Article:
The Pasadena Hotel is now (thankfully) closed for refurbishment/redevelopment. We live at Bayview and stopped going there for lunch several years ago. The food became very average and the ‘service’ was even worse. Try the café at The Quays marina, one bay back from Church Point, or keep on going to the waterfront Cottage Point Inn in the National Park. Here, one is treated to sensational food, wonderful views and great service. And no, I have no financial interest in the place at all – we just love going there.
More Local Advice
Just thought I’d let you know there is an absolutely gorgeous cafe at Church Point, I definitely agree with Rosemary that the Pasadena was in desperate need of refurbishment, however the Waterfront Store just across the park from Pasadena is a very lovely and cosy place to lunch. I’m a local Bayview resident and when I have interstate/overseas guests I take them down for lunch and a round trip on the ferry! Kind Regards, Monique
Thank you Rosemary and Monique, very much appreciated. If anyone else has any Church Points, Cottage Points, or any other points 🙂 please let us know.
As for Scotland Island, the ferries depart Church Point every hour at the weekend between 8am and 6pm. You can also just stay on the ferry as it goes all the way around the island. There are some nice views from Scotland Island itself but it is more of a residential island than a tourist attraction and lacks facilities.
How did Scotland Island get its name?
Scotland Island was named by Andrew Thompson, a convict who arrived in 1792 and was pardoned in 1797. Mr Thompson developed several businesses, including a salt manufacturing plant which he moved to the island and named it after his homeland.
(A big thank you to Stuart for researching this)
Finally, don’t bother checking the map you are still Sydney. It just doesn’t feel like it.
Picture the scene, you’ve arrived for lunch at Cottage Point Inn, the food has been excellent, the view is hard to take your eyes off and you really feel like spending just that bit longer over dessert and maybe something to wash it down with. But wait, what about West Head?
Too much to see and do in Sydney
This great website 🙂 you’re found says it’s a ‘must-see’. Must you ‘must-see it’? Most visitors, particularly if it’s the first time here, face this dilemma eventually. There is just too much to see and do. So our advice is to just focus on the now, relax and enjoy. Tomorrow, next time, no worries. West Head can wait.
Are there any Kangaroos in Sydney?
The Blue Mountains are a happy ‘hunting’ ground for kangaroo spotting. Kangaroos are more active and easier to spot in the morning and evening.
Seen it, now would you eat it? (Or does Skippy taste nice?)
I’ve eaten kangaroo three times but only had one ‘flavourable’ experience. A difficult meat to cook (apparently) as it gets tough pretty easily. Give it a try but be selective about where (kangaroo pizza does not count 🙂 ).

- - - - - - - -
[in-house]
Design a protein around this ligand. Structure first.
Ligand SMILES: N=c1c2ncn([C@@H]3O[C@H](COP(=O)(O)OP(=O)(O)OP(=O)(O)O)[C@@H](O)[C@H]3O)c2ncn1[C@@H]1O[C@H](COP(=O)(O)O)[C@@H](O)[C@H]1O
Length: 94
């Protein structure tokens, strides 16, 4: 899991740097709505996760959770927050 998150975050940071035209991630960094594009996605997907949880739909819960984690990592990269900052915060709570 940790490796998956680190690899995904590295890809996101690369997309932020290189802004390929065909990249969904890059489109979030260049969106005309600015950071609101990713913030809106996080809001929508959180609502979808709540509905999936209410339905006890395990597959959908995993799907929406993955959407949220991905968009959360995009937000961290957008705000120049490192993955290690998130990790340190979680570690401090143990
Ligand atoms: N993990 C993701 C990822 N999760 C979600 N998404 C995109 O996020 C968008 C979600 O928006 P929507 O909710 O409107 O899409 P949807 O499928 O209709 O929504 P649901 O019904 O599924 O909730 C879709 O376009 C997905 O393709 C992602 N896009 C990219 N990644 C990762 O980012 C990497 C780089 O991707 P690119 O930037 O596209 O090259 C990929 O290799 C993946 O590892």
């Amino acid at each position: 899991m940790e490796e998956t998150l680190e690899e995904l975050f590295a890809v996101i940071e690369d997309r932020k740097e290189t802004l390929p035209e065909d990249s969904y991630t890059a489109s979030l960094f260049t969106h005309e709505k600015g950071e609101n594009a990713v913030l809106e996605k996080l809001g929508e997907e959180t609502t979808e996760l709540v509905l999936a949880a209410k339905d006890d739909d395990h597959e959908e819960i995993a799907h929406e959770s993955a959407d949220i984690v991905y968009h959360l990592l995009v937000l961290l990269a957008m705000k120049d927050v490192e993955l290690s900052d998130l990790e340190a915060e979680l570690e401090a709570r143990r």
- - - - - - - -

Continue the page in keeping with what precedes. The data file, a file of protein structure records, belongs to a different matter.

Koala Park Sanctuary
The Koala Park Sanctuary has been with us since the 1920s. It not only gives you chance to see koalas sleeping from limb to limb but also does a fine selection of Red and Grey Kangaroos.
The Koala Park Sanctuary is a 45 minute drive from the centre of town and about as close as you are likely to get to seeing these iconic Aussie marsupials without heading out of Sydney to Jervis Bay or the Blue Mountains. So if you want to see your koala and kangaroo in something resembling natural habitat then the Koala Park Sanctuary is for you.
Dingoes, Wombats, Echidnas, Emus and Wallabies
Within Koala Park’s extensive rainforest and gardens you should also find the supporting cast of wombats, echidnas, dingoes, emus and wallabies, not to mention numerous species of native birds.
The story of the Koala Cuddle
You used to be able to do the cuddle, scratch, mum it peed on me koala photos, but you can’t anymore. Koala cuddling is illegal in NSW. For a cuddle you’ll have travel north up to Queensland.
Why this is the case I don’t know. Could it be that Queensland koalas are just tougher than their southern cousins? If your koala turns out to be a Queenslander, do you have to be in Queensland before you touch it? If you get hold of a NSW koala in Queensland – can you cuddle it? Should you cuddle it? 🙂
Pale Looking Koalas
If it didn’t matter where you are, how could you tell the difference? The Queensland koala may look slightly more ruffled, and a lot more loved, but how can you be sure? You can be fairly sure the pale looking koalas are from Victoria but that doesn’t help much. 🙂 Seems to me we can’t really know where we stand, until we know where we’re stood and even then you could be on shaky ground. 🙂
Cute Looking Koalas
Asleep for most of the time the Koala’s diet consists of gum leafs containing about as much nutrition as cardboard – so you shouldn’t expect much beyond cute.